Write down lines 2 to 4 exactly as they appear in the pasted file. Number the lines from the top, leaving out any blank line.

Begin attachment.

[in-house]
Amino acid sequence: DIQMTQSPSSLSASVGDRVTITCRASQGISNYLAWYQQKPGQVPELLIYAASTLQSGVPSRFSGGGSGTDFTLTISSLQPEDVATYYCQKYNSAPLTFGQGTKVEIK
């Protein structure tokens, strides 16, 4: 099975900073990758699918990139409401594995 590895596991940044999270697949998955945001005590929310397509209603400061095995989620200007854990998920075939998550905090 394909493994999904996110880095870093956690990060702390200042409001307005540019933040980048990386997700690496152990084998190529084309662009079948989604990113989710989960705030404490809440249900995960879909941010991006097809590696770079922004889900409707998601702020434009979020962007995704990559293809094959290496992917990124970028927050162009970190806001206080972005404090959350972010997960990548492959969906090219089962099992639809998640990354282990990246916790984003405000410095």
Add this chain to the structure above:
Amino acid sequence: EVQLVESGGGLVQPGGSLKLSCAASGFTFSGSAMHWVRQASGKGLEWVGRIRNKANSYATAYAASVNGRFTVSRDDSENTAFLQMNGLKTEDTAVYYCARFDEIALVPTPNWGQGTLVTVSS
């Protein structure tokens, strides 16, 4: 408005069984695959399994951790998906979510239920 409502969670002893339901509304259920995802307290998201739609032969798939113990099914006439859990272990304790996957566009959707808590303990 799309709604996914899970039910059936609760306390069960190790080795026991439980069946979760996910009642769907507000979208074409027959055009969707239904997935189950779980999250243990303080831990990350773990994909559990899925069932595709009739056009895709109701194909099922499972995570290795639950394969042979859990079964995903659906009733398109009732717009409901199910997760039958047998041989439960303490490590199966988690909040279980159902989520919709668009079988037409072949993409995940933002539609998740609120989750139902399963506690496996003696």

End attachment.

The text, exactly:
Amino acid sequence: DIQMTQSPSSLSASVGDRVTITCRASQGISNYLAWYQQKPGQVPELLIYAASTLQSGVPSRFSGGGSGTDFTLTISSLQPEDVATYYCQKYNSAPLTFGQGTKVEIK
């Protein structure tokens, strides 16, 4: 099975900073990758699918990139409401594995 590895596991940044999270697949998955945001005590929310397509209603400061095995989620200007854990998920075939998550905090 394909493994999904996110880095870093956690990060702390200042409001307005540019933040980048990386997700690496152990084998190529084309662009079948989604990113989710989960705030404490809440249900995960879909941010991006097809590696770079922004889900409707998601702020434009979020962007995704990559293809094959290496992917990124970028927050162009970190806001206080972005404090959350972010997960990548492959969906090219089962099992639809998640990354282990990246916790984003405000410095």
Add this chain to the structure above: